Differentiation: a new approach
The session will be focussed on different ways of differentiation and particularly focussing on differentiation by task. There will be some theory and examples. Also there will be chance to develop some resources for use in lessons.
In this workshop, we will be sharing generic differentiation techniques and we will consider the strategies that ensure all our learners' needs are best catered for.
Differentiation. A term that all teachers will be familiar with. But what does it actually look like in the classroom? Five different coloured pieces of paper? Three separate lessons plans? Hours of planning? Really understanding the term and effectively putting it in to practice can be an ongoing challenge for many teachers.
Ultimately, effective differentiation can ensure pupils’ educational experience is enriched, that they are engaged, encouraged and empowered to achieve.
This session will discuss theory and practice of what differentiation looks like in the classroom. It will give an insight in to practical and sustainable strategies that can be used to help your pupils access your subject, as well as support and challenge them.
Differentiation – a necessary tool because all teachers need to cater for students with a range of skills, aptitudes and attitudes.
Extended writing for exam success
Using the IDEA framework, you will be shown how to help students to be confident writers. The framework helps students to structure their extended writing in a clear and concise way. You will also be shown how to extended student thinking at the higher levels, by use of the ‘x’factor words. This approach can be used from KS3 up to KS5 with great effect. Especially good for independent tasks such as controlled assessment (KS4) and coursework (KS5).
Session LeadersSheeba Farzand worked for many years as an AST, developing teaching and learning within the science team and across the school. She is now a pastoral Assistant Head.
Marie-Hélène Dione after successfully managing her MFL department in an inner city school, joined Bordesley Girls School in 2007 to lead transition projects in Primary MFL. She gained the Advanced Skills Teacher status and has been involved in the development KS2 language curriculums in numerous schools. She has also become an active contributor to the Local Authority Curriculum Team. Her reports were published and her teaching was filmed for a city-wide DVD, aiming at capturing best practice for Primary languages. She is enthusiastic about creative ideas to inspire, motivate pupils and enhance performance.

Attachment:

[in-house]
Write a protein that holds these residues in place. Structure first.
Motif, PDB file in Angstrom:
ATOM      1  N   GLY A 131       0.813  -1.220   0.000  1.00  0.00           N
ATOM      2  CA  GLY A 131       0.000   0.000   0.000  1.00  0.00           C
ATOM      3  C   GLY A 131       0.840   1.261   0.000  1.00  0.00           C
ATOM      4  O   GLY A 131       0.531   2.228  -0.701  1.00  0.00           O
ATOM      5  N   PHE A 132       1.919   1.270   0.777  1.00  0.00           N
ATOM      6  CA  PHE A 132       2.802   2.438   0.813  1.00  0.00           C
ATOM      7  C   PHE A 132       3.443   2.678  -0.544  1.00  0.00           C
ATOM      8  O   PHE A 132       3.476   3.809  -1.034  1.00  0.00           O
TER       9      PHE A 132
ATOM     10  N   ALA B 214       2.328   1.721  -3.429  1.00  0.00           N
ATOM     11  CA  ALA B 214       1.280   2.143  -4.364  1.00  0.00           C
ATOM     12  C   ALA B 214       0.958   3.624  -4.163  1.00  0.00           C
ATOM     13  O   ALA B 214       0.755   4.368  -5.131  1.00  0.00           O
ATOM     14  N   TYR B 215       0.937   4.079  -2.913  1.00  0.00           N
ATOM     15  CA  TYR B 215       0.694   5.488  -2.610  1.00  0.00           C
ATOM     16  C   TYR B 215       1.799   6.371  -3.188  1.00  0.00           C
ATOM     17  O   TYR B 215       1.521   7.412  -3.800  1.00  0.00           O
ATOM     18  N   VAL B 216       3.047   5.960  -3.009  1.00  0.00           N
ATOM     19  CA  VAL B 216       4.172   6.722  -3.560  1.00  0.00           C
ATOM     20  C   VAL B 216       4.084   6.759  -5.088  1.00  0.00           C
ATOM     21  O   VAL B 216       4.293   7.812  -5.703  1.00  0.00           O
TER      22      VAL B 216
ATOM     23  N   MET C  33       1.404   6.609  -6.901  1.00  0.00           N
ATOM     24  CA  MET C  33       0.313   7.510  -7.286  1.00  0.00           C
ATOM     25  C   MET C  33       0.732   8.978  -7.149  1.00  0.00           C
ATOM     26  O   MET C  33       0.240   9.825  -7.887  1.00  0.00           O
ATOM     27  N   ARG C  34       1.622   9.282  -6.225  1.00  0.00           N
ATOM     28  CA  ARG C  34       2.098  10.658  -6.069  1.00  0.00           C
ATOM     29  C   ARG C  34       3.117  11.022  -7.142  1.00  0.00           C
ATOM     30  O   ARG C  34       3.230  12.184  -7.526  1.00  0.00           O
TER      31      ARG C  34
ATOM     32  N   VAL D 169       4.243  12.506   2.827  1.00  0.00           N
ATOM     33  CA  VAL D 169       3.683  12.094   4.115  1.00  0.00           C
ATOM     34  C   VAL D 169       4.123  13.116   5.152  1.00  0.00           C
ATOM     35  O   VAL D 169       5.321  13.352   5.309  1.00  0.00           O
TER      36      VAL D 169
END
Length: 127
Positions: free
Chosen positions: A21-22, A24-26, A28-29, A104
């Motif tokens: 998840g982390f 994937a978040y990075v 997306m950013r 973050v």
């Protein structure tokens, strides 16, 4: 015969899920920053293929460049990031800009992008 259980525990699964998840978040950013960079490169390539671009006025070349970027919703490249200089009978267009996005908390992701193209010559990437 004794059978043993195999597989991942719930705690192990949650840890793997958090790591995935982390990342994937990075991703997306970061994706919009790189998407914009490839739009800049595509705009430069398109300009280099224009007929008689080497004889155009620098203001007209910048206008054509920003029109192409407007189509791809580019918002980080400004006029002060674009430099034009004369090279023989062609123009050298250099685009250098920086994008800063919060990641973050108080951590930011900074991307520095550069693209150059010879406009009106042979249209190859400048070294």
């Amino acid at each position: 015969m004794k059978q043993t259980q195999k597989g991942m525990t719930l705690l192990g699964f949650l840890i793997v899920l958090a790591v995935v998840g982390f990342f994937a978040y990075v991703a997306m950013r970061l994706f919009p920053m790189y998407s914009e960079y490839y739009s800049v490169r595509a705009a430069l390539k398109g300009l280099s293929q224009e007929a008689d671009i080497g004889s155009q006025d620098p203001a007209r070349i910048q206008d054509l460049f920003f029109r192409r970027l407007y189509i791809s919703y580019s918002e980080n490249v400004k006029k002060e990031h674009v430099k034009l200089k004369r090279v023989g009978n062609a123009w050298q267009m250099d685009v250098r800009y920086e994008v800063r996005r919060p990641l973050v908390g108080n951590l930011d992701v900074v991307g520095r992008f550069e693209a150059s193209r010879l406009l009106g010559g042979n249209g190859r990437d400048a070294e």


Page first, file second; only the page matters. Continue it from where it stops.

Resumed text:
Nurunnehara Ali is an experienced History and English teacher, who is currently Head of English. Nurun teaches Key Stage 3 and 4, and has been a PGCE/GTP Mentor and Examiner. She is dedicated to teaching and learning; always striving to devise strategies to make the subject accessible to all pupils and to raise attainment. She is a passionate advocate of reading and writing for pleasure, and is particularly interested in dystopian literature.
Mussarat Khan is an experienced teacher who is currently Head of KS3 English. Mussarat teaches English and Arabic at Key Stages 3 and 4. She is passionate about teaching and learning, and is particularly interested in the epic and fantasy genres. She enjoys thinking of practical and innovative strategies to raise attainment, particularly in Literacy.
Katherine Skipper qualified as a teacher of Geography from the University of Wales; Aberystwyth in 1996. Being a Geography teacher has allowed her to bring the ‘real world’ into students’ lives. She strongly believes that all students have something to contribute. She has taught in a variety of schools in the Midlands and held a range of roles. Her present role is as a teacher of Geography and Inclusion.
Helen Best has been teaching History at Bordesley Green Girls’ School for four years. Before she arrived here, she spent a year teaching functional skills at Winson Green Prison, after returning from four years of teaching overseas. Her vast teaching experience has enabled her to be flexible and adaptable, maximising resources in order to create interactive and innovative lessons. She has provided a major contribution to the introduction of A – Level History. She leads the coursework element of the A Level enabling students to achieve outstanding results.